January 20, 2020 at 8:27 am EST | by Mark Lee
D.C. enacts bills with no hope of funding

Maybe it’s the fact that Democratic presidential contenders are proposing gargantuan new government spending that in the case of Bernie Sanders on the extreme end would double the federal budget and increase outlays by a farfetched-to-fathom $6 trillion a year. Or maybe it’s the reality that inclinations to balance national budgets have given way to massive deficits under President Trump as the reckless expenditure free-for-all by both political parties continues unabated.

Most local and state jurisdictions are not permitted to operate under the ‘magic money’ fantasy illusion of national politicians. Local legislators must balance budgets and borrow money at least somewhat judiciously under relatively limited debt caps. Opportunities for financial trickery are more limited and the negative economic repercussions more severe.

Elected officials in D.C. are strictly and statutorily prohibited from engaging in fiscal foolishness. That’s both the result of past behaviors bankrupting the city and the proscribed protections against it happening again.

An increasingly commonplace practice by D.C. Council members, however, continues to confuse and confound local residents. Worse, local legislators infantilize residents by tricking them into thinking they’re approving programs that, in many cases, will never be funded or ever be created.

There is a growing reality gap between passing bills and paying for them.

In fact, during the last D.C. Council legislative period, a total of 90 bills were passed that were, either in whole or in part, subject to the later appropriation of funds to pay for them. According to a D.C. Council Budget Office report, it was the highest number of unfunded bills passed in Council history, and would result in fully 71 of the 90 measures remaining unfunded following budget deliberations.

When queried at an unrelated news conference late last week about specific legislation not having been funded in her budget proposal or subsequently by the Council, D.C. Mayor Muriel Bowser detailed some startling numbers. Bowser pointed out that the Council had last year approved bills totaling more than a billion dollars in required funding for which revenues were insufficient to finance. For relative contrast, total annual revenues from all local sources come in at only slightly more than $8.5 billion.

In other words, local legislators are enacting laws and approving programs for which they are knowingly aware there will not be available funds to underwrite and implement. It’s a cynical con that leaves residents perplexed when monies are never, or only later if ever, appropriated for approved measures.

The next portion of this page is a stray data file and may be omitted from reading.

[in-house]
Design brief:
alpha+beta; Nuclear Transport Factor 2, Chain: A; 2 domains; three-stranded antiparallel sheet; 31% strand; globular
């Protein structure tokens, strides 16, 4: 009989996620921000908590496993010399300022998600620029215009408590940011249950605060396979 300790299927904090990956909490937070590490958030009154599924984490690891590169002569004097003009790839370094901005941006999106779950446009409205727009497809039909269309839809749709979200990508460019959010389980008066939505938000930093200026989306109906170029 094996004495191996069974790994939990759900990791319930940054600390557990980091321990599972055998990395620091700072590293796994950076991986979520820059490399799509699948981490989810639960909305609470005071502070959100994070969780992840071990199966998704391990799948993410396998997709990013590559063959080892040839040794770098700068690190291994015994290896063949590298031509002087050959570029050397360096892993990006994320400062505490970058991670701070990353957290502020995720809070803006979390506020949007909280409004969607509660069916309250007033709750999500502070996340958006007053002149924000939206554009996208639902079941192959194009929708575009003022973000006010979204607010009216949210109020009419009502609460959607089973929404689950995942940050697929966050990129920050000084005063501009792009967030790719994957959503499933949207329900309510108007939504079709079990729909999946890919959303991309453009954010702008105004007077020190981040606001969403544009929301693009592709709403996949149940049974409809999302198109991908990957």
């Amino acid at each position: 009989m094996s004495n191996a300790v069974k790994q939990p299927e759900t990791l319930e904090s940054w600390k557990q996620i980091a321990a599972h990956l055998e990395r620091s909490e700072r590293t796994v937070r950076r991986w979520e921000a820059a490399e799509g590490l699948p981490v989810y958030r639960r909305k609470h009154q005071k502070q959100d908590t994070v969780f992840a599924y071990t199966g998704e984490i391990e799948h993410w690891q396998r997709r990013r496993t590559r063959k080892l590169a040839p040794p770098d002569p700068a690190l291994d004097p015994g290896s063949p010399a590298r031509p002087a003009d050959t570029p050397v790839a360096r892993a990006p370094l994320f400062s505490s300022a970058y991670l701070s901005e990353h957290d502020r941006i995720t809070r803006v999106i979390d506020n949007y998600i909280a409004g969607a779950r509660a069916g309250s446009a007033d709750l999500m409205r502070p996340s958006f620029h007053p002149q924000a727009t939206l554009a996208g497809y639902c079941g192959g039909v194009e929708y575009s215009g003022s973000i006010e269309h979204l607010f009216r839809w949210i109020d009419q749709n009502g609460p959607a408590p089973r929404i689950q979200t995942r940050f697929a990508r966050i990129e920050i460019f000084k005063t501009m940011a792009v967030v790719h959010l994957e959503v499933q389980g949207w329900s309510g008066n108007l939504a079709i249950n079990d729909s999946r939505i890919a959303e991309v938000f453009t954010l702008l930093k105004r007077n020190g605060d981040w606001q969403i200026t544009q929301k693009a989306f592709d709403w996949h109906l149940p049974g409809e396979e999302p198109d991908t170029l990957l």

Further compounding the false expectations of voters are announcements of revenue surpluses originating with higher-than-anticipated tax collections. The D.C. CFO recently indicated that $280 million in surplus monies had been collected, leading some political activists to mistakenly believe there is suddenly, and magically, that much more money to spend.

Residents naturally assume that these extra funds are available to be spent on previously unfunded measures or newly advanced proposals when most of the surplus money is already dedicated for affordable housing and other programs. Even if these modest extra dollars represented monies not already committed, the amount would not be sufficient to close the gap necessitated by one-time funding utilized in the last budget that must be replaced to match current expenditures in nearly all prior spending categories.

Legislators will struggle starting this spring merely to maintain current spending levels. Gradually declining surpluses due to slowing population and business growth will further restrict the ability to launch new programs or initiatives.

Until D.C. politicians stop misleading the public about the fiscal realities and financial limitations of a government already infamous for some of the highest tax rates and most onerous business burdens in the region and the nation, they risk their own credibility and the tolerance of an increasingly wary public.

Just don’t bother Bernie about the realities of paying for stuff – D.C. already has more than enough drama on that score.

Mark Lee is a long-time entrepreneur and community business advocate. Follow on Twitter: @MarkLeeDC. Reach him at OurBusinessMatters@gmail.com.

Comments are closed
© Copyright Brown, Naff, Pitts Omnimedia, Inc. 2020. All rights reserved.